New answers tagged

1

The first thing I would do is to compare the actual hand positions on the different bikes. Do this by actually mounting the bike, position the hands the way you are used to, and then look very closely at the angles between the back of your hands and your forearms. Do this for both bikes, and determine how these angles change. This should give you quite a ...


2

Look at the position of your shifters. It is often overlooked, people talk about positioning the handlebar by lowering/raising the stem, shortening the stem, but you can also move the shifters on the handlebar. Make your wrists comfortably straight. Many people (and shops) place their shifters too forward/low. Try to bring them back/up a little.


0

It's possible the riding conditions need better gloves or softer tyres than you're running. It's also possible the frame is stiffer, but gravel vs road makes that seem unlikely. I run my tourer off-road (though my actual touring is on road), and have found that on rough surfaces or very long rides I really need to have my bars double-taped. I usually use a ...


0

Some things to consider (I'm certainly not an expert!): Your toddler's weight, sitting high in the seat, will tend to make the bike top-heavy. Your legs are what will keep the bike from tipping over sideways, so a lower or slanted top tube (lower standover height) will make it easier to plant one or both feet on the ground. Different bike models will have ...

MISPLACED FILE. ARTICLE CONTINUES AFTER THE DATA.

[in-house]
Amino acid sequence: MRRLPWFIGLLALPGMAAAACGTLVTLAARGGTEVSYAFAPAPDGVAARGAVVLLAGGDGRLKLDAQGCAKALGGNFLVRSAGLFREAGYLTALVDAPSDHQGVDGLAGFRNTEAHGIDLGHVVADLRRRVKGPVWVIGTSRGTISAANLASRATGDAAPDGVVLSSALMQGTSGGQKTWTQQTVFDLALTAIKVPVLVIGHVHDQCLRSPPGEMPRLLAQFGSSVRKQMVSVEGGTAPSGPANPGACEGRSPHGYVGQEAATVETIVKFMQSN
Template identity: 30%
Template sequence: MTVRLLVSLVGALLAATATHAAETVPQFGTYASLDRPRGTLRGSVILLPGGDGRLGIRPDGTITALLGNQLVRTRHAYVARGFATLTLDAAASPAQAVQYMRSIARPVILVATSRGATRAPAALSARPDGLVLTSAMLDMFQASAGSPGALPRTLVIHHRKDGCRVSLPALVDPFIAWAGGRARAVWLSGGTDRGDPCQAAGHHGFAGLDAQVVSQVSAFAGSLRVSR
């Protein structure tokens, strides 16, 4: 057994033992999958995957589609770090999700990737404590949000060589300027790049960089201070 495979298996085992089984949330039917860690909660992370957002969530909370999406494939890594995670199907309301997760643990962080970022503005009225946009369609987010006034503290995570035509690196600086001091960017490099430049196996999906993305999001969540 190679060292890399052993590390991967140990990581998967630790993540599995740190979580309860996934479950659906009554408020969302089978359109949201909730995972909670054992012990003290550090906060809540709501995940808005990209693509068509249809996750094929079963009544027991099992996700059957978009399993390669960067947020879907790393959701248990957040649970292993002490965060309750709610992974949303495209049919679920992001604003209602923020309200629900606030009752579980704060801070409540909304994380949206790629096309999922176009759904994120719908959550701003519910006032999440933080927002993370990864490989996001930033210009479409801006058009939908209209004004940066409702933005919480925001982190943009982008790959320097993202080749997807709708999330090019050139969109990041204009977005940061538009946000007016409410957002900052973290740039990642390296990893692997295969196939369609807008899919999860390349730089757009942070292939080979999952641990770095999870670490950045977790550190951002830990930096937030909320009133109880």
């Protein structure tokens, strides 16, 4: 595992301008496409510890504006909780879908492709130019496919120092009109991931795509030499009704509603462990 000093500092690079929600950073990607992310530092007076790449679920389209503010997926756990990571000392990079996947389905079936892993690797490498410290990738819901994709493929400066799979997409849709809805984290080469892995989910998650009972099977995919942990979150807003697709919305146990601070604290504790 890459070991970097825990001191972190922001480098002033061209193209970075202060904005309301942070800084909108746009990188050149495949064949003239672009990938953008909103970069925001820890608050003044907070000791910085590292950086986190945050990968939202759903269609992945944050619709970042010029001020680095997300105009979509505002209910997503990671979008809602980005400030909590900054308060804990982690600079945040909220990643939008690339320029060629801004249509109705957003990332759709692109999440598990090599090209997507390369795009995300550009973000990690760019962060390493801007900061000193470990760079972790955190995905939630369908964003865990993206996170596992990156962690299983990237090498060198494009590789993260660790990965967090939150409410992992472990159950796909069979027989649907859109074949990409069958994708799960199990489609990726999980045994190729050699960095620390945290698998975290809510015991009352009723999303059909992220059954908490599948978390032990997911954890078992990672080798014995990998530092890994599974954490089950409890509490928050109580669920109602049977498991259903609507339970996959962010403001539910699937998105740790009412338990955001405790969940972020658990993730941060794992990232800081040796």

0

Unless your body proportions are very unusual, I would expect two different calculation methods to produce similar results. But yours aren't. You're slightly taller than me, with slightly longer legs. First, I'm curious where you found these two calculation methods. Second, different manufacturers size their bikes differently. Bikes are sometimes sized by ...


3

Stack and reach are consumer-friendly ways of doing what you're looking for, but are limited both by how widely adopted they are and to an extent how universally defined they are. A more foolproof way is to use any 2d CAD software. Model the bikes you know are working or not working for you. If you lack a record, or a record you trust, of any of the geometry,...


3

This is one of the gold standards of setting saddle fore/aft position, note there are other viewpoints though: https://www.stevehoggbikefitting.com/bikefit/2011/05/seat-set-back-for-road-bikes/ As someone else commented, to achieve the balance point talked about in that article you need to be putting some force into the pedals, and it's pointless setting ...


4

Should I feel completely balanced in the saddle, or is a little forward pressure normal? There should be some weight on your hands when riding. Not too much of course, but your setup is already slid back as far as it can reasonably be (saddle aft, 80mm stem), and chasing some abstract notion of fit when you're already at the extreme end of adjustments ...


Top 50 recent answers are included